When reading a philosophy book, what is your method for understanding and remembering the content? Tips for when one is presented with a massive philosophy book with many subtle points (e.g. Plantinga's "Warranted Christian Belief")?

Excellent question. I have found it extremely helpful either to type out or to write out by hand key claims and arguments. For almost 40 years I have carried around 5 by 7 inch cards in which I have written out parts of different texts that I update and go over continuously. I regularly cull the cards as I approach new texts or arguments, on top of which I keep journals of philosophical ideas. I also suggest sometimes re-reading multiple times parts of philosophical texts almost to the point of memorization. I still remember vividly the first text that I felt I "mastered" or practically memorized, and that was Richard Taylor's book Metaphysics, especially the chapter on God. I found (and still find) his writing lucid and engaging. On the assumption that you might still use old fashioned hard copies of books, I recommend marking them up, filling the margins with comments, counter-points, and the like.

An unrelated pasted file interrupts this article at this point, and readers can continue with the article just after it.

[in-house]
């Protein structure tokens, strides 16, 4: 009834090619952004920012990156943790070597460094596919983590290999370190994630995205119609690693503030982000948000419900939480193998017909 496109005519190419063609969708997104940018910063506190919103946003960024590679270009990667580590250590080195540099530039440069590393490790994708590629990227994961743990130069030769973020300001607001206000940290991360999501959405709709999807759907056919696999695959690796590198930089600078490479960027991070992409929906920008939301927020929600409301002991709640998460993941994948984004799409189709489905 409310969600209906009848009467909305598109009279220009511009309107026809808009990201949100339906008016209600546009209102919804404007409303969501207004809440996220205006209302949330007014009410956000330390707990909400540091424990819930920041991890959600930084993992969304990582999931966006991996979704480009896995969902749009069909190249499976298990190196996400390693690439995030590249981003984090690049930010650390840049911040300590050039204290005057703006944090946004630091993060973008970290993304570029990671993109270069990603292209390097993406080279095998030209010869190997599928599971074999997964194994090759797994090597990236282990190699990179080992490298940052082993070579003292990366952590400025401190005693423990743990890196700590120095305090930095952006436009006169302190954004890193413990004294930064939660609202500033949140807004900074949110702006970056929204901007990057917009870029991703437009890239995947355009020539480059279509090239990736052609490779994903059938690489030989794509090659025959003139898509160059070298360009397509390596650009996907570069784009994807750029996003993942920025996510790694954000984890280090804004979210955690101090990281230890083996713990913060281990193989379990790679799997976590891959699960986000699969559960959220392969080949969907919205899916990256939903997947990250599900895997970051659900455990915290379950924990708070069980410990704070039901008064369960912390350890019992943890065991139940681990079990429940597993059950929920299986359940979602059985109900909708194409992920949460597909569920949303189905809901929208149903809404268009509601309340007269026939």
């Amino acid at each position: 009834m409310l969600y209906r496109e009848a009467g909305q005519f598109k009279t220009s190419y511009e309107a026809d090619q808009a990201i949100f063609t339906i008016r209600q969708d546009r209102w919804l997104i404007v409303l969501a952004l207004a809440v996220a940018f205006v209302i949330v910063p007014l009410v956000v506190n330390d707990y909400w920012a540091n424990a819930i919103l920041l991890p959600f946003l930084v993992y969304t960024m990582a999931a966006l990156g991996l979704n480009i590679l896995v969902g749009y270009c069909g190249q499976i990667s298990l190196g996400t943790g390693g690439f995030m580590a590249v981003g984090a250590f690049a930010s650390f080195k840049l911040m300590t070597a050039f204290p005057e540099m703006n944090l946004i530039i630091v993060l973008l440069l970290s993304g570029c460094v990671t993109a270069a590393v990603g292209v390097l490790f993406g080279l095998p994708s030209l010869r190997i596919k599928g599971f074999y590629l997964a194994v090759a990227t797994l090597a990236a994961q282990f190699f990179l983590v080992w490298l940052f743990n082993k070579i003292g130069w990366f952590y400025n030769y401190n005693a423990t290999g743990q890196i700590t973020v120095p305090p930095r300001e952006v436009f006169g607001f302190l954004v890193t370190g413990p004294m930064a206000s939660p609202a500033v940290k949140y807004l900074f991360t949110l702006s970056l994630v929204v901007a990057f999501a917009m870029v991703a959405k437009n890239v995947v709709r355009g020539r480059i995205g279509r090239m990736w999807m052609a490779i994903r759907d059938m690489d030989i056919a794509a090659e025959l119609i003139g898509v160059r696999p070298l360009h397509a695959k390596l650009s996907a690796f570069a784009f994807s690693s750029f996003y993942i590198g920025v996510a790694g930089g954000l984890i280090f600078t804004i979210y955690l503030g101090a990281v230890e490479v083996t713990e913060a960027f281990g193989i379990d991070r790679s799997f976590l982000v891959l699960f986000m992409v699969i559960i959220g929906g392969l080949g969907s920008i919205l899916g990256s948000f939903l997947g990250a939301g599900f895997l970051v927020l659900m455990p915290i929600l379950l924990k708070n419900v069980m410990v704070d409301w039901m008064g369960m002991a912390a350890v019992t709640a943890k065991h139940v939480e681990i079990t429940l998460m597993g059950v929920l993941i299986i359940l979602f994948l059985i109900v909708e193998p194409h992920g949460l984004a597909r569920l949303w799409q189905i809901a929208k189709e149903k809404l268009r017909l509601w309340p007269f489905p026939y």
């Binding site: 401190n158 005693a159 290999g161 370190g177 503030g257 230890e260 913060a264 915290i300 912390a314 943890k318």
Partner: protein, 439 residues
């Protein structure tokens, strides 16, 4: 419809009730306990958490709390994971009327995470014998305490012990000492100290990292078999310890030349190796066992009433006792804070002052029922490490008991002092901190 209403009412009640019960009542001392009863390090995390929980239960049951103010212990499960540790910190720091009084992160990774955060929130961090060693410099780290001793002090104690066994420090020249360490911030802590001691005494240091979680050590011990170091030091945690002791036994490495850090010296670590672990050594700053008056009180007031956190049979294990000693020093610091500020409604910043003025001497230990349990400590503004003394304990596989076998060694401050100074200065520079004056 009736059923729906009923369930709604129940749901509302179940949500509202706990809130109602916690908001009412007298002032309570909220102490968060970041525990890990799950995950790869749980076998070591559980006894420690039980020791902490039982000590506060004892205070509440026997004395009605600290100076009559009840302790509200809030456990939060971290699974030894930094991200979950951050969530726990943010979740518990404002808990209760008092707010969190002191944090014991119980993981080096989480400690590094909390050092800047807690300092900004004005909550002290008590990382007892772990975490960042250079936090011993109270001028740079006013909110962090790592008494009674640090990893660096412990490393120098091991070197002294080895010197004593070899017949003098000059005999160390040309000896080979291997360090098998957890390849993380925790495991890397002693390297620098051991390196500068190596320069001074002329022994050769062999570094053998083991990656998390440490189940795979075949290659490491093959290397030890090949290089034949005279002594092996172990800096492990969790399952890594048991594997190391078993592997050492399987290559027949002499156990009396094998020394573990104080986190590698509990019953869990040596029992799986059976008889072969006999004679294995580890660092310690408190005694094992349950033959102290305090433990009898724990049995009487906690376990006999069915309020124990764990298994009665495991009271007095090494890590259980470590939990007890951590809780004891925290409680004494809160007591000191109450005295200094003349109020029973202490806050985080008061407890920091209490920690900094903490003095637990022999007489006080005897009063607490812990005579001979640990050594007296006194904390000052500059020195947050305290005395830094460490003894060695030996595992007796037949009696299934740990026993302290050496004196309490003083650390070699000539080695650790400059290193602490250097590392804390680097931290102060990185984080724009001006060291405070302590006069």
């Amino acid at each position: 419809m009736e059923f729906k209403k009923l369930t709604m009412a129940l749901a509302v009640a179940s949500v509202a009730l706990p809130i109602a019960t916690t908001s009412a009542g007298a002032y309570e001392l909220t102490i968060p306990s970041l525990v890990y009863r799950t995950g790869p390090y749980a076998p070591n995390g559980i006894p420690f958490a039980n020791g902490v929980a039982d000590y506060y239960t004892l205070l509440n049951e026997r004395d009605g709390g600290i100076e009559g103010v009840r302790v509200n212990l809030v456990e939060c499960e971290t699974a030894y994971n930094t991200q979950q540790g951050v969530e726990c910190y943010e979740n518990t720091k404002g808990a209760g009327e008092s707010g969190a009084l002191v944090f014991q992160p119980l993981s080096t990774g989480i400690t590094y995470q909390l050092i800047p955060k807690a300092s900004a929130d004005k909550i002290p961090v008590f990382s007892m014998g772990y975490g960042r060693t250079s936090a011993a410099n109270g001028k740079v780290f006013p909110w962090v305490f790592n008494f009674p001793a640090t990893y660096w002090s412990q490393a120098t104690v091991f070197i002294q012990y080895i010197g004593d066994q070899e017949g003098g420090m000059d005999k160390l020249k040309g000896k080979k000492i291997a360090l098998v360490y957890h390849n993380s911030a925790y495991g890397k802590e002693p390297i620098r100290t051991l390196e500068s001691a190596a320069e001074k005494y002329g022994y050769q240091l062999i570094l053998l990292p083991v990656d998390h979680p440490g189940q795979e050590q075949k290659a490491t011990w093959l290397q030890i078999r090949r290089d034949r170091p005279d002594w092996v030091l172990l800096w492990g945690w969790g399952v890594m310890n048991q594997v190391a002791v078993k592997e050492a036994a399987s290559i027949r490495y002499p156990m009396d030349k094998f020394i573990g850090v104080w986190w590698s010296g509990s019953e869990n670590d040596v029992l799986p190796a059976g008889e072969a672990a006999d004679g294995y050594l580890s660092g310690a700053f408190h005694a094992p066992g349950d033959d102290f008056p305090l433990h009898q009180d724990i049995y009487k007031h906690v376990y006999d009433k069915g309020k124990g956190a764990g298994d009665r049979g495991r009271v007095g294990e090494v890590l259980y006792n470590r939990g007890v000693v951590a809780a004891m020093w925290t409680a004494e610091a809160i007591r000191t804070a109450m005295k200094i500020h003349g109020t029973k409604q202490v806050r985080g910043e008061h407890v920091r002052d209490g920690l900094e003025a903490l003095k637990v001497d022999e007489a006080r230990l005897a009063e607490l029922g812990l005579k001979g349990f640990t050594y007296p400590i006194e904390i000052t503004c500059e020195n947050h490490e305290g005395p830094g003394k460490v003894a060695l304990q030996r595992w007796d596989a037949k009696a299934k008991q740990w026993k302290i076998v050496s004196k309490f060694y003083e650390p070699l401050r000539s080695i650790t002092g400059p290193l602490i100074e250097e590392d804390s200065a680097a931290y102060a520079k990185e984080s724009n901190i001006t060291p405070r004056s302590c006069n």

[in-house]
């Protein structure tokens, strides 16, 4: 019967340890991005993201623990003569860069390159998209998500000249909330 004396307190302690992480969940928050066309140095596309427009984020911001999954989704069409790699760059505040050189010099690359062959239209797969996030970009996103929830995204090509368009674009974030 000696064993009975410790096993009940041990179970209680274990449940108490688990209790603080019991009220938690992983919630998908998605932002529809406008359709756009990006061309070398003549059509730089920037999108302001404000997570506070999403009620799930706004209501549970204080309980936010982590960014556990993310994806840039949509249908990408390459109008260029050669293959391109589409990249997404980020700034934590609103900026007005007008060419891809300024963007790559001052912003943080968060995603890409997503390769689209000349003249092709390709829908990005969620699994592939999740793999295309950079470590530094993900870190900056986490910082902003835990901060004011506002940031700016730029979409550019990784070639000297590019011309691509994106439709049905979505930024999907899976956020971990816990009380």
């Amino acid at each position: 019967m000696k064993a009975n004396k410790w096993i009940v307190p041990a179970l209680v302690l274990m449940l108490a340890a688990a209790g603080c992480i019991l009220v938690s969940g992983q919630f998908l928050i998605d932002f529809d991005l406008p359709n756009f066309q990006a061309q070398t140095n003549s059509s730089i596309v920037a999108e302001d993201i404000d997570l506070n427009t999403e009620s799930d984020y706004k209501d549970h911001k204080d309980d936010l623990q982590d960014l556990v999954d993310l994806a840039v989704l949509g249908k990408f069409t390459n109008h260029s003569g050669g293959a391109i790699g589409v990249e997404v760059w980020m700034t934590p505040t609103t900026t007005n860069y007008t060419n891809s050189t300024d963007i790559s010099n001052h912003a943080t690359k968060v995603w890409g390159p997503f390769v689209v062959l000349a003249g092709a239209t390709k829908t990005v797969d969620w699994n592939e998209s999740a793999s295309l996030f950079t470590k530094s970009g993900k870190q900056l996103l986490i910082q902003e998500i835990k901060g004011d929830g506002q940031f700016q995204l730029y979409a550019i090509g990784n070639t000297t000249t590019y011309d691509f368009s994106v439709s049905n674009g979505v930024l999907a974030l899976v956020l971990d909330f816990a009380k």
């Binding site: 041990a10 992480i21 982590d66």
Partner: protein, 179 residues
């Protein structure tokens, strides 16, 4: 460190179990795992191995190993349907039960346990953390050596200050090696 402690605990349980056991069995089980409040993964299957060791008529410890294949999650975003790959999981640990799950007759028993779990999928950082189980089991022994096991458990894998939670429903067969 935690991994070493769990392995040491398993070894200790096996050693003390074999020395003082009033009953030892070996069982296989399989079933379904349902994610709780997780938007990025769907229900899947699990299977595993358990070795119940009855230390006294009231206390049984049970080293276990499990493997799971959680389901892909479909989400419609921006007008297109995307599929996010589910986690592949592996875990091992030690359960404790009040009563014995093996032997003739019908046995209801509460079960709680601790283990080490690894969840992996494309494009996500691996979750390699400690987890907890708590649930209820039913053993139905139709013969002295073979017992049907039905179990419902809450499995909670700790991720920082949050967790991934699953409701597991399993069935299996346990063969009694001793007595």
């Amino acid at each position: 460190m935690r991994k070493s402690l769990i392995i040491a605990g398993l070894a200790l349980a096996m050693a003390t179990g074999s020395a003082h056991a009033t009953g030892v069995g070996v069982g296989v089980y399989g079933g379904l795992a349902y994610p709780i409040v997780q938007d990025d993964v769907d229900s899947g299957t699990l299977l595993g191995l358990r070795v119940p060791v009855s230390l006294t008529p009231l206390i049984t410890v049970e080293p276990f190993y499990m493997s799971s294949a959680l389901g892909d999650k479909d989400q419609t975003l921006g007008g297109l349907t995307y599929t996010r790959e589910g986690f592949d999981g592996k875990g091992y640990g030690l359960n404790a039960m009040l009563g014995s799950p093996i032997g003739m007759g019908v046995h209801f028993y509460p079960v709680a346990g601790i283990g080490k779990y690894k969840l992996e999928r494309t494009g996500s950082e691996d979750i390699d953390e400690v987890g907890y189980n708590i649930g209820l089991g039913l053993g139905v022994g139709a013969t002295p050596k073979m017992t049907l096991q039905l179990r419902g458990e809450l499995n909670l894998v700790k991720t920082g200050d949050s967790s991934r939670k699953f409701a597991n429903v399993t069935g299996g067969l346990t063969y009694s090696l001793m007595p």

I hope some of this might be helpful.

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